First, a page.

BOSTON -- Even after all these years, one of the most clutch hitters in Boston Red Sox history has never lost his flair for the dramatic -- and history.
Down to the game's last out, David Ortiz sent the game to extras with a feathery shot to left-center field that sailed just out of reach of Jake Marisnick's glove, an 0-1 blast on an 88-mph two-seamer off of Luke Gregerson that resulted in an RBI triple.
Then in the bottom of the 11th, Ortiz blasted a 2-2 changeup into the triangle in center field, scoring Xander Bogaerts from second and giving the Red Sox an epic 6-5 walkoff win, another high-watermark in a week of electric offense all around.
With his walk-off double, Ortiz joins Barry Bonds and Hank Aaron as just the third player in Major League Baseball history with 600 doubles and 500 home runs in his career.
George Springer gave Houston a 5-2 lead in the top of the second when he turned on a waist-high 90-mph cutter and launched a towering shot off the ThinkEnergy billboard hanging over left-center field, his second grand slam of the season. From there, the Red Sox slowly worked back into the game, backed by some quality middle innings from starter Clay Buchholz.
Ortiz launched a solo shot into the home bullpen in the bottom of the third, then Mookie Betts beat out a double play throw to first to score Rutledge and cut the Astros lead to 5-4.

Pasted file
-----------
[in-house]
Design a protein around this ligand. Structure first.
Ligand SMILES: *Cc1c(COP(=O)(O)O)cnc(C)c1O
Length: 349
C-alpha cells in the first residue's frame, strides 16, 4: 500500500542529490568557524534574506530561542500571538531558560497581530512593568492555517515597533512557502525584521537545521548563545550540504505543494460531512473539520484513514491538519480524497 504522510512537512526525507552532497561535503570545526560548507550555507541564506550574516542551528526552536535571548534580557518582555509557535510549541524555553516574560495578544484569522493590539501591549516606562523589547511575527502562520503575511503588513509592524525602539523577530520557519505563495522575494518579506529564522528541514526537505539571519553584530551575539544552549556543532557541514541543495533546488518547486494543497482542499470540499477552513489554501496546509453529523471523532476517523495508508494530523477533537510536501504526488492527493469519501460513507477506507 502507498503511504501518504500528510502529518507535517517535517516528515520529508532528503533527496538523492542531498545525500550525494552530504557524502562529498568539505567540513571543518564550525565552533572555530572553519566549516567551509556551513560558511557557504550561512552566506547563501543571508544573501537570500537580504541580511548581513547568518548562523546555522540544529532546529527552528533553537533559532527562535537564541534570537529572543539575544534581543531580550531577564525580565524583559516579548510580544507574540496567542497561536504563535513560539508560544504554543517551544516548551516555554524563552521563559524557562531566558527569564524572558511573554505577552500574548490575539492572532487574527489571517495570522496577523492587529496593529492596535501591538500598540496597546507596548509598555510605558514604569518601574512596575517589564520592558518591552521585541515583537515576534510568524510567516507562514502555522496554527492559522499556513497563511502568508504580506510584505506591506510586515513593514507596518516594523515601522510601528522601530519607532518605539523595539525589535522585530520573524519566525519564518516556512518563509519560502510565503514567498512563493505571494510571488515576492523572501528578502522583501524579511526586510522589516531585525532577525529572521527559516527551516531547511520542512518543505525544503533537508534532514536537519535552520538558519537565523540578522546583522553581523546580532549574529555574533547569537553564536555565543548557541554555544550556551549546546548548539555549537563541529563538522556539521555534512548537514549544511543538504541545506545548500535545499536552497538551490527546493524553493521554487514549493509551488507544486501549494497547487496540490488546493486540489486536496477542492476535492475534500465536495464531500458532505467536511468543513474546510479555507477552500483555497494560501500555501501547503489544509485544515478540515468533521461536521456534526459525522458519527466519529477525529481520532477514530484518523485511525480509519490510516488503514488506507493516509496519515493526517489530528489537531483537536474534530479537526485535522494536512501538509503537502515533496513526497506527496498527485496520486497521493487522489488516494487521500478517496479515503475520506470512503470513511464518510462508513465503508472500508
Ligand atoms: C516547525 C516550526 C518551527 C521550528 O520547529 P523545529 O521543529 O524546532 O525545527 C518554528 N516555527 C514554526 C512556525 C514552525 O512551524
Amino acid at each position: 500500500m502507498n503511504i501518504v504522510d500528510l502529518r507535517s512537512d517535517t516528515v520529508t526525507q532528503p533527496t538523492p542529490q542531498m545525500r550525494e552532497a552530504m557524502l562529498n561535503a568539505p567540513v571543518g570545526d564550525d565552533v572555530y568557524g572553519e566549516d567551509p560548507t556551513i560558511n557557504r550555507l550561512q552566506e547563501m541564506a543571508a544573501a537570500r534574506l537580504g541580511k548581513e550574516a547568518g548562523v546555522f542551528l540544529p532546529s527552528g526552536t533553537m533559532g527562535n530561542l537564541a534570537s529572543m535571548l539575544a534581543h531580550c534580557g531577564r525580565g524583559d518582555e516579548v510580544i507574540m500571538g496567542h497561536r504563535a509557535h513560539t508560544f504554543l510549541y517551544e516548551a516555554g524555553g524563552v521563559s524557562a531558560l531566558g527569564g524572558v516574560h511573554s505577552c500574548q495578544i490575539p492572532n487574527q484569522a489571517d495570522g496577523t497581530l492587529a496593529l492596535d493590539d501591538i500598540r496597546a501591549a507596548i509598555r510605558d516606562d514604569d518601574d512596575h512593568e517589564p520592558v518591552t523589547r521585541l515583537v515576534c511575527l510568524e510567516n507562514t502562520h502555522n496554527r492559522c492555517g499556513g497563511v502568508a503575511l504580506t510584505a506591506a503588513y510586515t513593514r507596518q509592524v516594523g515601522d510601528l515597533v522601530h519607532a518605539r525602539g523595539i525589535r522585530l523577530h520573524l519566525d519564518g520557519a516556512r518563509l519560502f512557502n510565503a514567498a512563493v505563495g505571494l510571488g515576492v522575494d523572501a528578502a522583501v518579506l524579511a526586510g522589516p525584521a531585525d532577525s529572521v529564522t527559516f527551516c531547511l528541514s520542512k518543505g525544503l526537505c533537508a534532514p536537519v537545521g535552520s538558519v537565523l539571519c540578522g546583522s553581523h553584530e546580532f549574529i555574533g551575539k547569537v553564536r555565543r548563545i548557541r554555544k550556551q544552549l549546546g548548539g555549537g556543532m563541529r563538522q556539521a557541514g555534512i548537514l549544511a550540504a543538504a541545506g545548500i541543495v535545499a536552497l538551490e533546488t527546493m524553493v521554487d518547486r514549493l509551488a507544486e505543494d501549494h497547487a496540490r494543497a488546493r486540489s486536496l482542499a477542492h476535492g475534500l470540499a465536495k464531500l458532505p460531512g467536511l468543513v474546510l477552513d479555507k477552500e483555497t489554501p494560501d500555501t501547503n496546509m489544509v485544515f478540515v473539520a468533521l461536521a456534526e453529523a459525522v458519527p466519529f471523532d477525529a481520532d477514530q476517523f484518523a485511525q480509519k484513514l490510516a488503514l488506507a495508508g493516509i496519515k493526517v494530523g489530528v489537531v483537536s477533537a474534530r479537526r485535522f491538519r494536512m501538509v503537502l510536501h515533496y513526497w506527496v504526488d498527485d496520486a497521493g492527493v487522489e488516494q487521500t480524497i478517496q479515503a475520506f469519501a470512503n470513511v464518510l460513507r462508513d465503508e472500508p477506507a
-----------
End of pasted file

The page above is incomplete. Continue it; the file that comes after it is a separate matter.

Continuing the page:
Turning point: Who better than one of the Red Sox' greatest clutch hitters to turn the game on its ear in the ninth? Ortiz let out a Papi-sized roar, pumping his fists, after sliding into third safely to sew up the game-tying RBI triple.
Ryan Hanigan got the sellout crowd juiced in the top of the ninth with a pinpoint laser of a throw down the hole to catch Carlos Correa out trying to swipe second. Then in the bottom of the frame, Xander Bogaerts dribbled a grounder to short after working a 3-0 count, but beat the double play throw to first, to set up Ortiz's dramatic hit.
What it means: Since Sunday night's 5-1 series finale win over the Yankees, the Red Sox bats have been highly flammable, at an almost historic pace. This is their sixth straight game with at least 10 hits, dating back to Monday's 14-7 dismantling of Oakland that also kicked off a string of four straight wins in which they plated at least 10 runs.
Thumbs-up: Jackie Bradley Jr. finally got the move to the top of the lineup he'd been craving, hitting second as Dustin Pedroia had the day off. He reached safely for his 20th straight game, best in the majors so far in 2016, planting a 2-2 changeup in center field in the bottom of the first. Since the start of his hitting streak back on April 24, he is hitting .415.
Thumbs-down: While his final four innings were more than adequate, working backwards at times from his changeup and curveball to induce five strikeouts and a handful more of swinging strikes out of the zone, Clay Buchholz's first two innings were forgettable. Capped by Springer's grand slam, the pitching chart of Buchholz's second inning resembled something of a Jackson Pollack abstract, with spots all over the canvas. Of his first 50 pitches, only 29 were strikes.
What's next: The Red Sox wrap up an otherwise very productive homestand tomorrow with a getaway day game, before heading to Kansas City Monday for a three-game series against the defending World Series champions.